Crappie, walleye action is improving

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 The following is a weekly summary of the fishing conditions on Norris Lake as reported by creel clerks from the Tennessee Wildlife Resources Agency (TWRA).

The lake level on Friday, Feb. 18 was 1,000.59 feet and relatively stable. Surface temperatures remain cool (40-47 degrees) despite warm and sunny days. Slightly stained water can be found only in the upper reaches of the creek embayments and in the river channels. The prolonged period of cold water is causing a die-off of threadfin shad. Sycamore Creek has many shad that are dead and dying along the shoreline. Seagulls can be seen accumulating by the hundreds across some parts of the upper half of the lake where shad are struggling.

Fishing conditions improved, but catches have been slim.

Crappie action is moderate but improving. The best fishing is in the headwaters of the larger creek embayments, where crappies have been caught as shallow as 2 feet in stained water and shallow brush and as deep as 20 feet along the bottom of the creek channels. The best crappie baits are small doll flies, mini tube jigs (red/white, blue/white) and 1/32 oz. hair or feather jigs tipped with minnows.

Fishing for largemouth bass has been moderate. The hollows remained the best locations to catch a stringer of bass. The most productive bass lures have been 5-inch Senko or Finesse-type worms (fished lightly weighted as a Texas rig or as a weightless Whacky rig); 4-inch smoke grubs (Twisters); half-ounce rubber skirted jigs and crank baits fished with a slow, steady retrieve. Fishing for smallmouth bass is fair. Smaller fish are active along rocky shorelines leading into the hollows; larger fish are in deeper water, often suspended 20 feet deep on sunny days with high barometric pressure.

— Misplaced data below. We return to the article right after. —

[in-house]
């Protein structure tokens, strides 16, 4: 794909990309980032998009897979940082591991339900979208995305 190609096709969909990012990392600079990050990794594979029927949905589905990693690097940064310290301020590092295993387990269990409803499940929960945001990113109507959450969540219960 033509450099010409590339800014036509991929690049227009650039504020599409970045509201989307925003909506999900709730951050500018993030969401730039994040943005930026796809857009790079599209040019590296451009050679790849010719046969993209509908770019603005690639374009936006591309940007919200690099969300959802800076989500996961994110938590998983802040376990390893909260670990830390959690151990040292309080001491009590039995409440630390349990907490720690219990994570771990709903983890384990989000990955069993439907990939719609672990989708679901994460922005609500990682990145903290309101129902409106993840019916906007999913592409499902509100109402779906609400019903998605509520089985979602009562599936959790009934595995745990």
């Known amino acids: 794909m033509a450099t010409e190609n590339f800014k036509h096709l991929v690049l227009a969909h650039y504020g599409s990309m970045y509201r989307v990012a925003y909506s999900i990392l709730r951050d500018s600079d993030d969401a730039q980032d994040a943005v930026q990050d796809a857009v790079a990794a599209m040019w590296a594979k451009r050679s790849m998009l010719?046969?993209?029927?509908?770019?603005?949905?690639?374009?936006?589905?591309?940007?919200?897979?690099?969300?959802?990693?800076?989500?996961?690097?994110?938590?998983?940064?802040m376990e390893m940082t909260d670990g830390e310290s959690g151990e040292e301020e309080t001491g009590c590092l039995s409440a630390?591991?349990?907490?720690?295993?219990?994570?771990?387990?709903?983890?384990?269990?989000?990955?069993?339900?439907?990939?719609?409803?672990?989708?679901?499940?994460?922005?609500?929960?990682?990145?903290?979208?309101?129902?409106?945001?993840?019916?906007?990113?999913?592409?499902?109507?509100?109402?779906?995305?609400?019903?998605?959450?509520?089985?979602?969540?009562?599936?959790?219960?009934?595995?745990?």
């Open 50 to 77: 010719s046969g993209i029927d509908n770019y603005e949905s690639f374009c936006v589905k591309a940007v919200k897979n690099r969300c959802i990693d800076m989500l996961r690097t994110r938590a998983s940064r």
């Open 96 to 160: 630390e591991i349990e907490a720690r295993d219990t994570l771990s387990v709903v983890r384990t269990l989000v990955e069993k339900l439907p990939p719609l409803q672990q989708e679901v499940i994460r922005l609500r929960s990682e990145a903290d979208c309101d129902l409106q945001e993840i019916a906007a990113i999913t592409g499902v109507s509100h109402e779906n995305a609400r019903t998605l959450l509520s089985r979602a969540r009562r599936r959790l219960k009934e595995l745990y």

Decent stringers of smallmouth bass have been taken on quarter-ounce hair or feather jigs tipped with medium tuffy minnows and fished along the bottom off moderately sloped rocky banks.

Striper action is moderate. The best catches were on the lower five miles of the lake in the channel between Norris Dam and Point 9. Live shad or alewife and jigging spoons have been the most effective striper baits.

Walleye fishing is slow, but improving in the river channels above points 31 (Clinch) and 16 (Powell). The surface temperature in these sections of the lake is still in the low 40s. Walleyes are on the bottom, 15-20 feet deep, in mid-channel. Action has been hit-or-miss, with mostly male fish being caught while drifting or casting and slowly retrieving feathered doll flies or plastic grub-jigs across the bottom of the channel where the water is no more than 25 feet deep. The water in these sections has been cold — in the high 30s — so the action is slow.